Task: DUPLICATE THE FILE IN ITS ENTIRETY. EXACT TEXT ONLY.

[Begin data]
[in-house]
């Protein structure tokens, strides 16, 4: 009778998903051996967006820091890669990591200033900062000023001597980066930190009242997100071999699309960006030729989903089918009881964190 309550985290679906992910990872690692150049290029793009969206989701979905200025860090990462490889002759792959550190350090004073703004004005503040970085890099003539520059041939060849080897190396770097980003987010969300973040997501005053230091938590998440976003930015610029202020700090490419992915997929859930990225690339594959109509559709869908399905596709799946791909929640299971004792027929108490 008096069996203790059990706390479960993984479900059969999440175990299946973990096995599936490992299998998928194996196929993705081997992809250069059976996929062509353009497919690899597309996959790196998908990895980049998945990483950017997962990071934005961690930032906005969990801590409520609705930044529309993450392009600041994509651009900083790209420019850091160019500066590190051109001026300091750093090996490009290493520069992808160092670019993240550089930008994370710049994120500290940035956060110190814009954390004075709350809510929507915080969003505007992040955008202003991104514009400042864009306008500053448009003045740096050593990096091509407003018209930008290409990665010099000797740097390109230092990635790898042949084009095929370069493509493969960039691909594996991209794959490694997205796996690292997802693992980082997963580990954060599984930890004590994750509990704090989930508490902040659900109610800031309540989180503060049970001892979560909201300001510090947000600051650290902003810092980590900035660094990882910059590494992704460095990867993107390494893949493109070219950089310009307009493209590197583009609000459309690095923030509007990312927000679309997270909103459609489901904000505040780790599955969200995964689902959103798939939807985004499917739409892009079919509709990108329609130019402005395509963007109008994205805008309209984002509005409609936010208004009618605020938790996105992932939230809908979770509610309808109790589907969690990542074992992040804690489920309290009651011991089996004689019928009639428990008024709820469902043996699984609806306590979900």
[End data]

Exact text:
[in-house]
């Protein structure tokens, strides 16, 4: 009778998903051996967006820091890669990591200033900062000023001597980066930190009242997100071999699309960006030729989903089918009881964190 309550985290679906992910990872690692150049290029793009969206989701979905200025860090990462490889002759792959550190350090004073703004004005503040970085890099003539520059041939060849080897190396770097980003987010969300973040997501005053230091938590998440976003930015610029202020700090490419992915997929859930990225690339594959109509559709869908399905596709799946791909929640299971004792027929108490 008096069996203790059990706390479960993984479900059969999440175990299946973990096995599936490992299998998928194996196929993705081997992809250069059976996929062509353009497919690899597309996959790196998908990895980049998945990483950017997962990071934005961690930032906005969990801590409520609705930044529309993450392009600041994509651009900083790209420019850091160019500066590190051109001026300091750093090996490009290493520069992808160092670019993240550089930008994370710049994120500290940035956060110190814009954390004075709350809510929507915080969003505007992040955008202003991104514009400042864009306008500053448009003045740096050593990096091509407003018209930008290409990665010099000797740097390109230092990635790898042949084009095929370069493509493969960039691909594996991209794959490694997205796996690292997802693992980082997963580990954060599984930890004590994750509990704090989930508490902040659900109610800031309540989180503060049970001892979560909201300001510090947000600051650290902003810092980590900035660094990882910059590494992704460095990867993107390494893949493109070219950089310009307009493209590197583009609000459309690095923030509007990312927000679309997270909103459609489901904000505040780790599955969200995964689902959103798939939807985004499917739409892009079919509709990108329609130019402005395509963007109008994205805008309209984002509005409609936010208004009618605020938790996105992932939230809908979770509610309808109790589907969690990542074992992040804690489920309290009651011991089996004689019928009639428990008024709820469902043996699984609806306590979900």